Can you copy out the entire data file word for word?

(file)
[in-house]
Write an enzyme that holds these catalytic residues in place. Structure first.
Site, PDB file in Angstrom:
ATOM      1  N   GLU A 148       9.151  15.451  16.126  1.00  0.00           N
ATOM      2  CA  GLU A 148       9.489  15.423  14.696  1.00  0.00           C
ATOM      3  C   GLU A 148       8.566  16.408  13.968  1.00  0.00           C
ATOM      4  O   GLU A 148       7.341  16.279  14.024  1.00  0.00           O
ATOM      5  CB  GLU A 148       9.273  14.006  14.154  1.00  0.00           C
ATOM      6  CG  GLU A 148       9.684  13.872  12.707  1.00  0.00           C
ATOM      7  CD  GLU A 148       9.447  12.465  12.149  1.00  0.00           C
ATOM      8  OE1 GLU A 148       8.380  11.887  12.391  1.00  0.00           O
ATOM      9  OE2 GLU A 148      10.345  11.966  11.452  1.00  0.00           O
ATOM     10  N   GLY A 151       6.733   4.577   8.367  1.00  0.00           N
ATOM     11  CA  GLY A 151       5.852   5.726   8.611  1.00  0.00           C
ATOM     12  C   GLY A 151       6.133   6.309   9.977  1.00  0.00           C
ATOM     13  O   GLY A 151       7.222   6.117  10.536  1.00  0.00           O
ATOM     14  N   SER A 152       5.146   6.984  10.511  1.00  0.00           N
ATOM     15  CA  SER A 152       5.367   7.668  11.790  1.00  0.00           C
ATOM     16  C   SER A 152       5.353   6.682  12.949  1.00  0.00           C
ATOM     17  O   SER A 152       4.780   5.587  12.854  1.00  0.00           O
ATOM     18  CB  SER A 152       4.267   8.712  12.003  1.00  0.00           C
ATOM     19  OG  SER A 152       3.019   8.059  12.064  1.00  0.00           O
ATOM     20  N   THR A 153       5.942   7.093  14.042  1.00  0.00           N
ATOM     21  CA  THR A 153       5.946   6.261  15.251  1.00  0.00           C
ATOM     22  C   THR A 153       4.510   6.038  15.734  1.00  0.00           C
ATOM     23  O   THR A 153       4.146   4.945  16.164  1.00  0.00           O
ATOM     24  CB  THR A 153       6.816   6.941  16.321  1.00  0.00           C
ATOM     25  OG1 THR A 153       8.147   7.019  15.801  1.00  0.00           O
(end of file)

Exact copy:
[in-house]
Write an enzyme that holds these catalytic residues in place. Structure first.
Site, PDB file in Angstrom:
ATOM      1  N   GLU A 148       9.151  15.451  16.126  1.00  0.00           N
ATOM      2  CA  GLU A 148       9.489  15.423  14.696  1.00  0.00           C
ATOM      3  C   GLU A 148       8.566  16.408  13.968  1.00  0.00           C
ATOM      4  O   GLU A 148       7.341  16.279  14.024  1.00  0.00           O
ATOM      5  CB  GLU A 148       9.273  14.006  14.154  1.00  0.00           C
ATOM      6  CG  GLU A 148       9.684  13.872  12.707  1.00  0.00           C
ATOM      7  CD  GLU A 148       9.447  12.465  12.149  1.00  0.00           C
ATOM      8  OE1 GLU A 148       8.380  11.887  12.391  1.00  0.00           O
ATOM      9  OE2 GLU A 148      10.345  11.966  11.452  1.00  0.00           O
ATOM     10  N   GLY A 151       6.733   4.577   8.367  1.00  0.00           N
ATOM     11  CA  GLY A 151       5.852   5.726   8.611  1.00  0.00           C
ATOM     12  C   GLY A 151       6.133   6.309   9.977  1.00  0.00           C
ATOM     13  O   GLY A 151       7.222   6.117  10.536  1.00  0.00           O
ATOM     14  N   SER A 152       5.146   6.984  10.511  1.00  0.00           N
ATOM     15  CA  SER A 152       5.367   7.668  11.790  1.00  0.00           C
ATOM     16  C   SER A 152       5.353   6.682  12.949  1.00  0.00           C
ATOM     17  O   SER A 152       4.780   5.587  12.854  1.00  0.00           O
ATOM     18  CB  SER A 152       4.267   8.712  12.003  1.00  0.00           C
ATOM     19  OG  SER A 152       3.019   8.059  12.064  1.00  0.00           O
ATOM     20  N   THR A 153       5.942   7.093  14.042  1.00  0.00           N
ATOM     21  CA  THR A 153       5.946   6.261  15.251  1.00  0.00           C
ATOM     22  C   THR A 153       4.510   6.038  15.734  1.00  0.00           C
ATOM     23  O   THR A 153       4.146   4.945  16.164  1.00  0.00           O
ATOM     24  CB  THR A 153       6.816   6.941  16.321  1.00  0.00           C
ATOM     25  OG1 THR A 153       8.147   7.019  15.801  1.00  0.00           O